I needed potions.
When I mix my paints to make the scrolls, I don’t use water. Instead I use magic potions.
This enhances the juju I put on the scroll, but only if the potions are made right. I’m picky when I buy things for my magic. I don’t just want scented water some ten-peso bruja put together. I want ingredients prepared by someone knowledgeable, with a good heart, and blessed as they should be.
That can be hard to find.
I travel. Presently, I’m in Mexico City, Mexico. Mexico has plenty of magicians but lots of imitators. Every public market has at least one stall selling ritual baths and magic candles. I went to several of these. I found the potions I needed, but I didn’t like them. I could tell they were purchased from some mass-producer and resold. If the packaging didn’t say what the potion was for, the women at the stall would have no idea.
So I decided to try the infamous Witches’ Market.
The Secret Entrance
No one would ever call it the Witches’ Market at the Witches’ Market. The magicians here don’t like being called “witch” in English or bruja in Spanish (even the ones who do curses). Instead we call call them herbalistas – herbalists. To their faces.
I had wanted to go to the Witches’ Market since I first heard of it. But generally you need a guide. And my friend who knew the way was always busy.
As I exhausted all my other possible potion sources, I made a choice.
“Give me directions,” I said.
“That’s a bad idea,” he told me.
Of course, that never stops me.
He laid out the reasons a foreigner shouldn’t go there alone. You could get cursed (he wasn’t worried about that with me). You could get pick-pocketed (this he was more worried about). Most of all, you could get lost.
The Witches’ Market is one small area of Mercado de Sonora, which in turn is in the biggest public market in Mexico City, the Merced market. If you haven’t been there – or maybe to Bangkok or Hong Kong – you aren’t picturing it big enough. The market goes on without end, indoors and outdoors, with tiny maze-like aisles. Just finding Mercado de Sonora was a challenge.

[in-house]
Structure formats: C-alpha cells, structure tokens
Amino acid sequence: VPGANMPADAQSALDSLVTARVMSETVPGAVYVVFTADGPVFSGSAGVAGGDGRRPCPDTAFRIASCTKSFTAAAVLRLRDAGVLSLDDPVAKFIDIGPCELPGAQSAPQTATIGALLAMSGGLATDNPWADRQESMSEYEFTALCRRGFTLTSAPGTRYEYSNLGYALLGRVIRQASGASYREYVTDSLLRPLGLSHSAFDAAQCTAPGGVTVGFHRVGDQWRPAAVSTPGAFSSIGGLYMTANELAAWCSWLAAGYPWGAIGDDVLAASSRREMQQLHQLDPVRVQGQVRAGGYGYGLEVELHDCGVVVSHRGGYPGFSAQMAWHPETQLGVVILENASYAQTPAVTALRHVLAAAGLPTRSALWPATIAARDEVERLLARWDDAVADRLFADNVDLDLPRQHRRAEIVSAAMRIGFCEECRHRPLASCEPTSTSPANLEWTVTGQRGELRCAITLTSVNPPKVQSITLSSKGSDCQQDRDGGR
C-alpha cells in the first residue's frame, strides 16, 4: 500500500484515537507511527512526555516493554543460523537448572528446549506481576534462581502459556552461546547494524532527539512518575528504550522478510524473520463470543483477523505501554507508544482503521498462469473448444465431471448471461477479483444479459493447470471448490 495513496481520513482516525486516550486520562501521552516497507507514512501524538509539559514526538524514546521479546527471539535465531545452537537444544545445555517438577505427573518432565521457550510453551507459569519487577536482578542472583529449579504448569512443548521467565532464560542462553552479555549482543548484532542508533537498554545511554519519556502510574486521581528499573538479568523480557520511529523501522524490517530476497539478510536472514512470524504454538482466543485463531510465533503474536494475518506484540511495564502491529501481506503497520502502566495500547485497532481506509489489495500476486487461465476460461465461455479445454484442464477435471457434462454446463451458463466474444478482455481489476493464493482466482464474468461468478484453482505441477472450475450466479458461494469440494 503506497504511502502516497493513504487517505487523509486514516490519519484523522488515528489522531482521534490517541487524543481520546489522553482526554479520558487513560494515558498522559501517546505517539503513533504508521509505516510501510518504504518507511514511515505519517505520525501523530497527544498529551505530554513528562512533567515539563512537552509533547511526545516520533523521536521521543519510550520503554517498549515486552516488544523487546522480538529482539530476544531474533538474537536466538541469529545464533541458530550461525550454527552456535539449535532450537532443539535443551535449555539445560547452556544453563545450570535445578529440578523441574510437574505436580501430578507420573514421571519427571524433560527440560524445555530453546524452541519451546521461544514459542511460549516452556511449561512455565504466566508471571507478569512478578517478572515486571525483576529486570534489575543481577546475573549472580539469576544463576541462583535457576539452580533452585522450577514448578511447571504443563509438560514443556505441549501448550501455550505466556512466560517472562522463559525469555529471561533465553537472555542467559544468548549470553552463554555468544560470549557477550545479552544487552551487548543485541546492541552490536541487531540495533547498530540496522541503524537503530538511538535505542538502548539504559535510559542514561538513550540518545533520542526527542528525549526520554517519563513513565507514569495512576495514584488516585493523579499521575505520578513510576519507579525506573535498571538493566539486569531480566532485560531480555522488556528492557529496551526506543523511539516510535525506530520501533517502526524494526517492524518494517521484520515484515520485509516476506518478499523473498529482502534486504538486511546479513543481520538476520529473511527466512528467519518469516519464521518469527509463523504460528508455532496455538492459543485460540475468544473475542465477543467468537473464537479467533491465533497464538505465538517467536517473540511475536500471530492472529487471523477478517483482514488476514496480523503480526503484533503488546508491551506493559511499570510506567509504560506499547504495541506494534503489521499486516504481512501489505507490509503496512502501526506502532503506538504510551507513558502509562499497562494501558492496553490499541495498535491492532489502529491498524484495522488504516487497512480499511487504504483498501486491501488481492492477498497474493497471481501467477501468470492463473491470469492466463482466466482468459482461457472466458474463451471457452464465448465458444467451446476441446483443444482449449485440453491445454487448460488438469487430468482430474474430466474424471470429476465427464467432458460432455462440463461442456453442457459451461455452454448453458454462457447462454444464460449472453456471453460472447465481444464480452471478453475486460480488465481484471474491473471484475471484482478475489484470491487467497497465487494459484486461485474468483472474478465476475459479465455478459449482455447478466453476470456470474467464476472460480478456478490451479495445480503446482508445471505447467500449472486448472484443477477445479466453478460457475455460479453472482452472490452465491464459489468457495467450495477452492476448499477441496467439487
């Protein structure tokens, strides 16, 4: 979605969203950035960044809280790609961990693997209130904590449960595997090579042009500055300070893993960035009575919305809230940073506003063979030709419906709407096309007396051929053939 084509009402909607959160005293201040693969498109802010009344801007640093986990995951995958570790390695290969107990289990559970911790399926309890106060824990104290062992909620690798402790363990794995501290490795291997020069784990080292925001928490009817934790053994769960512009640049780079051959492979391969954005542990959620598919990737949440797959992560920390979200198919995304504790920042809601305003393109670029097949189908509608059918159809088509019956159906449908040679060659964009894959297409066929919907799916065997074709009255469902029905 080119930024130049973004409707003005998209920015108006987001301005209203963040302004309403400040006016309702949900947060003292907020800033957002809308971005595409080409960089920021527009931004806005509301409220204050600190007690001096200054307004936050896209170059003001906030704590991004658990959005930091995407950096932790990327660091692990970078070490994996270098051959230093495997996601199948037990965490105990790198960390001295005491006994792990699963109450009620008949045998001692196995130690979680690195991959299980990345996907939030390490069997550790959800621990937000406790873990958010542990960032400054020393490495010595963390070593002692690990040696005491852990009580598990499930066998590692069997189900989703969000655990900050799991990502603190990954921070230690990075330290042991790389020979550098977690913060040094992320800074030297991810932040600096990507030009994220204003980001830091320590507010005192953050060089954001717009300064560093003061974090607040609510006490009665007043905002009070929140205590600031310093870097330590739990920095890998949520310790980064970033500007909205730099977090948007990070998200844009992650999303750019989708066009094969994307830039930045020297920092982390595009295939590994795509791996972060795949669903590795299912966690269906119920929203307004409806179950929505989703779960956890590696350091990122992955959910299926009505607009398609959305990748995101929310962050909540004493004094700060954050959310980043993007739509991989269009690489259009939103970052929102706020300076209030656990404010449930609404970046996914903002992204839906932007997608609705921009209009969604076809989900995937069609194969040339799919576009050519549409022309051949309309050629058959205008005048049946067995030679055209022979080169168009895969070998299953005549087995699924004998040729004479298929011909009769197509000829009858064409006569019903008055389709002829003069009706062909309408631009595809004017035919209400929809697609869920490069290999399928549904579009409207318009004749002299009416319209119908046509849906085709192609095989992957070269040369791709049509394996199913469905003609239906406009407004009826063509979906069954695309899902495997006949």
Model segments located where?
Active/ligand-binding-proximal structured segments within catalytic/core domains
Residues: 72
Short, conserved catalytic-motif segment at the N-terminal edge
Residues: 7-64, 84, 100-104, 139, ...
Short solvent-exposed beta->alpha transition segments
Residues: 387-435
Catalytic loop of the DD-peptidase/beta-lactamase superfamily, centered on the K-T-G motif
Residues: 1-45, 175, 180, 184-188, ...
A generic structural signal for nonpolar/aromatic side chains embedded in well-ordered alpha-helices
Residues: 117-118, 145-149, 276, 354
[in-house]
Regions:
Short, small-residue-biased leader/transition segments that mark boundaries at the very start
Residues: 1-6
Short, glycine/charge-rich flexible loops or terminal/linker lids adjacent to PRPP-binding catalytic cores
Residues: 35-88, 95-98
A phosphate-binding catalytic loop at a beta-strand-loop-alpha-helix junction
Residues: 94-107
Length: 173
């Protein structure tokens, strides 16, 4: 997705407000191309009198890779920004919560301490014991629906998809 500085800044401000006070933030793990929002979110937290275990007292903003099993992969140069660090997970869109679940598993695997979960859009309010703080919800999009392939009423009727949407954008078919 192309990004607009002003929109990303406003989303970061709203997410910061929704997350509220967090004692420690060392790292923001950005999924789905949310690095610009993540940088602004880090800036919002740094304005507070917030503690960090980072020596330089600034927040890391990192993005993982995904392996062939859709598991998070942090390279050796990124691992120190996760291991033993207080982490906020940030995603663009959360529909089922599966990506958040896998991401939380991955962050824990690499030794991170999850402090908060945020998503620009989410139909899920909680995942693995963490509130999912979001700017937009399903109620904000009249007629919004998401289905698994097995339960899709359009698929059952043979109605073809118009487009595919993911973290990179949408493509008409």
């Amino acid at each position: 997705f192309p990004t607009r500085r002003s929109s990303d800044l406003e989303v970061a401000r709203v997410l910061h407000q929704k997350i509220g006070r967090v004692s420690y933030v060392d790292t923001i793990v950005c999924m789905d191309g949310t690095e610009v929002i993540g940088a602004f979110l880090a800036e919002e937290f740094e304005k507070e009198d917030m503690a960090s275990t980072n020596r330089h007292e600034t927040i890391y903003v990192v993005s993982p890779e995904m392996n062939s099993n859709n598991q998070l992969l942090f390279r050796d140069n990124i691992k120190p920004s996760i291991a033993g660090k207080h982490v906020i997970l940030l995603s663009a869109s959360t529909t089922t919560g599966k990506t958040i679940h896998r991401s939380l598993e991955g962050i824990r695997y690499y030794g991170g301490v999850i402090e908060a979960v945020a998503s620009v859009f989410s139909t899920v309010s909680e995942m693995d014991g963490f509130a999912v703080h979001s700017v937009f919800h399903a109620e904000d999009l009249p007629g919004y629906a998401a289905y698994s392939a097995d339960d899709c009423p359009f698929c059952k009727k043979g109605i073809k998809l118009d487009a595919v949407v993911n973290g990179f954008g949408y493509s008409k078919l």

Even when I found it, I would have gone home in defeat if my friend had not told me the secret.
The Witches’ Market has a hidden entrance. You can know it’s there and walk right by it. Mercado de Sonora has seven entrances, and six of them take you into a toy market. That’s right – the stalls selling love spells, shrunken heads and curses are fronted with a giant bazaar of children’s toys.
Once you’re inside, it’s a different world. Near the entrance are a few stalls that sell the “commercial” stuff. Women hand out coupons for house blessing ceremonies and tarot readings. Knots of people stand around chatting, blocking the way.
At the “end” of the hallway-like market, you are again funneled into the toy market. Unless you turn sideways and squeeze through a narrow passage into what looks like an herb drying room, and end up finding the other 75% of the market.
I rubbed shoulders with herbalists and healers choosing their ingredients. I smiled at an old Santera, wearing her complete regalia, who watched in exasperation as the younger members of her house rang every single bell before buying one. A young man stuffed palos (sticks) into his bag for one of the oldest forms of Mexican-African magic.
Being there you feel special. The things you can find, the myths attached to them, the sense of pride that the merchants take in their wares. Outsiders are pre-screened and there’s no need for the over the top marketing. Most of the people shopping there are initiates or magicians themselves. There truly is no more magical place on earth.
And this is where I found the potions I’ll use to paint your scrolls.
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